Mots clés: Médicament orphelin/économie, Motivation; Coût médicament; Système remboursement (USA); Service contractuel; Aide recherche/économie; Pauvreté; Étude de cas (source: MeSH, INSERM).
Se necesitan nuevos medicamentos y vacunas para abordar las enfermedades asociadas a la pobreza en los países de ingresos bajos y medios. Debido a la falta de una demanda o un mercado efectivos para estos productos, las inversiones en investigación y desarrollo orientadas a cubrir las necesidades de los mismos son insuficientes. Muchos expertos han preconizado incentivos de reducción de costos (impulsores) y de mejora de los mercados (atractores) para abordar este problema. Los precios garantizados y los compromisos de compra (PGCC) financiados por organismos internacionales y gobiernos permitirían avanzar en esa línea. En este artículo se analizan diversos aspectos del diseño de los PGCC para los medicamentos y vacunas destinados a las enfermedades asociadas a la pobreza, aprovechando para ello la experiencia y las lecciones de tres estudios de casos: la introducción de la vacuna contra la meningitis C en el Reino Unido; la Ley de Medicamentos Huérfanos de los Estados Unidos de América (EE.UU.); y el Proyecto BioShield de los EE.UU., una iniciativa legislativa reciente contra el bioterrorismo. Nuestra principal conclusión es que los PGCC encierran muchas posibilidades para convertirse en un poderoso instrumento y deberían ser ensayados. La estructura y el diseño adecuados sólo podrán determinarse tomando las medidas necesarias para poner en marcha un sistema de ese tipo.
Palabras clave: Producción de medicamentos sin interés comercial/economía; Motivación; Costos en drogas; Sistema de pago prospectivo; Servicios contratados; Apoyo a la investigación/economía; Pobreza; Casos clínicos (fuente: DeCS, BIREME).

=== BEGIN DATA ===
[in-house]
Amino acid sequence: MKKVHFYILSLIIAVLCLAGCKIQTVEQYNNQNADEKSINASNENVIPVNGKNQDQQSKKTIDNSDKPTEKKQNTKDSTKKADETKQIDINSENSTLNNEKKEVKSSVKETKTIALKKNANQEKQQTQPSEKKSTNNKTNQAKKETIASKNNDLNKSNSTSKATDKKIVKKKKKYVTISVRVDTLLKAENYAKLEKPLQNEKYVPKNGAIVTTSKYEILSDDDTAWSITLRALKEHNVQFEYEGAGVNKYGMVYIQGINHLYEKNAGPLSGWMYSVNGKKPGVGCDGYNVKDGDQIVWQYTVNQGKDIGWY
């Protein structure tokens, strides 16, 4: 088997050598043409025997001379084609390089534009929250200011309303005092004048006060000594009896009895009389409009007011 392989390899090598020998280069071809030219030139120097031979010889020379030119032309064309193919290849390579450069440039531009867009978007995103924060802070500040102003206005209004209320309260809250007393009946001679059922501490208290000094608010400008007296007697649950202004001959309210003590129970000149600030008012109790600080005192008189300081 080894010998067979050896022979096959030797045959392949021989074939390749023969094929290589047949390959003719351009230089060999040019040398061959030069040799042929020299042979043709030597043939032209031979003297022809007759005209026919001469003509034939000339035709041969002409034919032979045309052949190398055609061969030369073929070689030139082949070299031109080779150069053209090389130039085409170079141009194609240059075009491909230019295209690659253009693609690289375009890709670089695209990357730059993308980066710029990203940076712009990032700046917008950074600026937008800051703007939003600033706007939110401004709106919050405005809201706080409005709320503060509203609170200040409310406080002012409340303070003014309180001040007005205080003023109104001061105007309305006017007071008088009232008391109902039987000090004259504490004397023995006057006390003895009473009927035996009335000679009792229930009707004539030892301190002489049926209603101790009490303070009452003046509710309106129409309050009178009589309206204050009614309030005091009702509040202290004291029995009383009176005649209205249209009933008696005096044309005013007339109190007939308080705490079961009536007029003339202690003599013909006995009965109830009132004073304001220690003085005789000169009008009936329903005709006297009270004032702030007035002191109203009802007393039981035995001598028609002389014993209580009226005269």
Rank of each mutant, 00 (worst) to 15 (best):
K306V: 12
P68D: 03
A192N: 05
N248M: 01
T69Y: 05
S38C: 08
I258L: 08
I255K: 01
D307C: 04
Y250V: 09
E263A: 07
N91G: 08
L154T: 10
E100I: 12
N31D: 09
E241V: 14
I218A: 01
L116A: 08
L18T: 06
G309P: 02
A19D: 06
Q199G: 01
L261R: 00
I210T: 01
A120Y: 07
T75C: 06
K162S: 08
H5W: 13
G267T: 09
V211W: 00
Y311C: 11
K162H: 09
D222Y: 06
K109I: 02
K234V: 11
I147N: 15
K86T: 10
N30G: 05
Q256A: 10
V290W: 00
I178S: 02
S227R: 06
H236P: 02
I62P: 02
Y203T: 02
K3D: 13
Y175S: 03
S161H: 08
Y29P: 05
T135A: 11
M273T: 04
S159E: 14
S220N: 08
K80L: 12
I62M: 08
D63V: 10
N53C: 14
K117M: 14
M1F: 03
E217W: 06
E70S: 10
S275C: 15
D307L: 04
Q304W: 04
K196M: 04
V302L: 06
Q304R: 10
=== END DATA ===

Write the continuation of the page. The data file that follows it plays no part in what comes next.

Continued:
Diseases of poverty are diseases such as malaria, tuberculosis, leishmaniasis, African trypanosomiasis, dengue, Chagas disease and schistosomiasis that predominantly afflict poor populations in low- and middle-income countries (1). This paper focuses on one mechanism for increasing the incentives for private companies to invest in the development of urgently needed new tools and technologies for tackling diseases of poverty, namely an advanced price or purchase commitment (APPC). The lack of effective demand and the resulting poor expected return on investment present a serious deterrent to private sector engagement. The Global Forum for Health Research's 90/10 Report indicated that the public research community also neglects these diseases (2).
A number of studies have addressed the question of how policy-makers and donors might shape and use a package of incentives to encourage companies to invest more in research and development (R&D) for diseases of poverty (37). The success of the US Orphan Drug Act (ODA), which combines cost-saving "push" and revenue-enhancing "pull" measures to attract companies to invest in developing products for rare diseases, has set a positive precedent. (The term orphan disease refers to a rare disease affecting fewer than 200 000 Americans.) Specifically, in the case of orphan diseases in the US, companies with designated orphan products are eligible for tax credits, grants and expedited regulatory approval to reduce the cost of R&D. If successful, their product is guaranteed 7 years of market exclusivity from the date of its approval, increasing the certainty of a return on the company's investment.